He ends with the sentence: "All things are transitory".
After that he goes over steps of always deeper meditation into the Para-Nirvana(step 20) and attains the divine mastership of the step 20 of the universal doctrine (Tarotcard 20). (Comparably with this is the 'Ascension of Christ' into heaven.)
This interpretation is rather unknown in the current buddhism and lets some Lamas and priests stand there as not correct initiated into the original tradition. Therefore I will not deepen this.
It does of course not mean that the modern buddhism like Kagyü or Dzogchen cannot lead to the enlightenment or Paranirvana.
The founders of Mahayana and later of Vajrayana had reasons to revive buddhism because it lacked at illuminated adepts. The traditional "Vipassana meditation" can hardly lead to the enlightenment of Nirvana. It is a meditation for beginners without the necessary power of transformation. The progressive exercises were traditionally orally transmitted. Today the Lamas give the knowledge per initiation or transmission and think in schemes of their specific tradition.
Therefore i must beg the concerned separatistic buddhists to think more pragmatic. Nowadays exist several scools with different practices and adoration of many buddhas, who are in reality just Yidams.
1. The Hinayana-Buddhism
(Small vehicle, classic Theravada, personal enlightenment, Tipitaka)
2. The Mahayana buddhism
Big vehicle; Sutrayāna, Mantrayāna; developed under the influence of greco-buddhism. A bodhisattva is primarily concerned with the complete enlightenment of all living beings(incl. Pure Land, Zen, Nichiren, ).
The disciple should have experience of the three principal aspects of the method of Mahayana : Renunciation of samsara, bodhicitta(desire for truth, perfect enlightenment for the sake of others), understanding of the big emptiness( shunyata); Prajna - Paramita - Sutras; six Paramitas(Generosity, ethical acting, patience, persistence, gathering and wisdom), Trikaya.
Mahayana teaches that Buddha Gautama taught his teachings depending upon the state of consciousness of his listeners, and that the buddhist scriptures have a hidden secret meaning.
3. The tibetan tantric buddhism - Four big scools(Nyingma,Sakya, Gelugpa,Kagyü):
Diamond vehicle, Vajrayana, Indestructable vehical : Is primarily concerned with the individual practioner, dilligently implimenting esoteric methods to gain enlightenment in ONE brief lifetime, motivated by the desire to liberate all living beings from suffering. But the four scools and their branches can be very seperatistic. The tibetan tantric buddhism understands himself as a "third rotation of the wheel" which Buddha taught during the last years of his life.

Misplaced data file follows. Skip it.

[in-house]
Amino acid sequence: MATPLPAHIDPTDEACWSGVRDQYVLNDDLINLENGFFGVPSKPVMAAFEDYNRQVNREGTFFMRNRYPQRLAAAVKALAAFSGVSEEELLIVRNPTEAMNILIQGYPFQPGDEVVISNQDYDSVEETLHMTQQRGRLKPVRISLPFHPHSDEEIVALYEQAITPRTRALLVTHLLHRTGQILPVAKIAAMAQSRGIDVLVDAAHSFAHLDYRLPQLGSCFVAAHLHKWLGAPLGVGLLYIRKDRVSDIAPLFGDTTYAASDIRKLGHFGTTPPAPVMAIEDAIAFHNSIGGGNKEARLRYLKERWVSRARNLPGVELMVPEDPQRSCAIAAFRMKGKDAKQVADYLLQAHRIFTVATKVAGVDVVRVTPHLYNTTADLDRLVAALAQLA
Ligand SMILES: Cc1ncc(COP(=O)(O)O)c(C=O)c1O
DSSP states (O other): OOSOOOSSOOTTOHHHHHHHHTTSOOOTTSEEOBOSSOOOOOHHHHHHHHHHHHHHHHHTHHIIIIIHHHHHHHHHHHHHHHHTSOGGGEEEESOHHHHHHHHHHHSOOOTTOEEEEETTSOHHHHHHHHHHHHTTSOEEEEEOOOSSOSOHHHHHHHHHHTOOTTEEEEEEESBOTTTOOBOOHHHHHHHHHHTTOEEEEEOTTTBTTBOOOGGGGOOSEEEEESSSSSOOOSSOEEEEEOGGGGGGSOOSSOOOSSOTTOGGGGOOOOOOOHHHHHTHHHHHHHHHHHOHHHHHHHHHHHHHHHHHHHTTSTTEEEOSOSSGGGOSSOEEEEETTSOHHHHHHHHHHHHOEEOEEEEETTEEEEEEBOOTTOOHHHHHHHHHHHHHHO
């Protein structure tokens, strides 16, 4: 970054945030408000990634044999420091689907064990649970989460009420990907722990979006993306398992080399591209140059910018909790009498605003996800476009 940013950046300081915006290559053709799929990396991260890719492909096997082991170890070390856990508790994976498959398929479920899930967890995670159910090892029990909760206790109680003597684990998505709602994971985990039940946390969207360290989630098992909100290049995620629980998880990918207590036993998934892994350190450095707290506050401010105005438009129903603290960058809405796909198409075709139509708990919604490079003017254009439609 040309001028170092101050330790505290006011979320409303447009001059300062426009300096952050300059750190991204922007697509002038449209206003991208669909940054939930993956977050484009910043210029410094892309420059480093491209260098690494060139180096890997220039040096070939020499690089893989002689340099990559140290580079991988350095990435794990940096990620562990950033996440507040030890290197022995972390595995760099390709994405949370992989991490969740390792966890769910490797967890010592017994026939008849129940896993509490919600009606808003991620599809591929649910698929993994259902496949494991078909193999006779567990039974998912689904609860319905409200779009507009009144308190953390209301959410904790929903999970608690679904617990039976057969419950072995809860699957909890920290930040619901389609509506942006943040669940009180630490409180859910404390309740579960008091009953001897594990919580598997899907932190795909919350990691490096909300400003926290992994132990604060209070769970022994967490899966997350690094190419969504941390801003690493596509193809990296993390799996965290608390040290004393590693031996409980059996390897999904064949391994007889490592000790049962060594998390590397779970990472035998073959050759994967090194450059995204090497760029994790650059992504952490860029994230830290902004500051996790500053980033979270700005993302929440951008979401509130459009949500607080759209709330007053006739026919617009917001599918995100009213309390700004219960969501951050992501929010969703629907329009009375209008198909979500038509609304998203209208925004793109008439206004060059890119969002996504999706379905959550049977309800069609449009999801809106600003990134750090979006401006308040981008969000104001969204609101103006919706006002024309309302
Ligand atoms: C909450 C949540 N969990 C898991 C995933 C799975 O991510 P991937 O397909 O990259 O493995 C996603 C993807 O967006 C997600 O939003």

The Vajrayana-path consists of the 4 preparing practices (ngöndro, refuge to the Lama, bodhicitta), the 5 meditations with Visualisation (sadhana, ritual texts, yidam) and the meditations over nature of the spirit (Dzochgen, Mahamudra; emptyness and clarity of the spirit).
All scools of tibetan buddhism teach the path of steps(Lamrim) of evolution towards enlightenment instead of a sudden enlightenment, but more as steps of synthesis of forces of specific buddhas and of virtues which correspond with certain forces.
The ascent to the perfection takes place in ten steps(bhumi), that find their expression in the successive mastering of the ten perfections(paramita), in that each step correlates with one of the ten cardinal virtues.
One essential point of tantric buddhism is the refuge (Three Jewels) and the guru.
The guru (Lama) plays an important role in these traditions, whereas Gautama was mainly a teacher.
The refuge mantra of the Vajrayna-Scool is well known :
Namo Guru bei , Namo Buddhaya, Namo Dharma, Namo Sanghaya : I pay homage to the guru, i pay homage to the buddha, i pay homage to the dharma, i pay homage to the Sangha.
4. Asian buddhism
Trimurti and Trikaya
Air, Water (Ananda)
|Shiva - the pure and untouched formless resolver - with the dynamic Akasha - Bhairava||Vishnu embodiment of mercy and goodness, the all-pervading power that creates and maintains the cosmic order (Dharma) and destroys it - and who connects heaven and earth (Ananda Shaktis)||Brahma - creator of form worlds - with the direction - faces|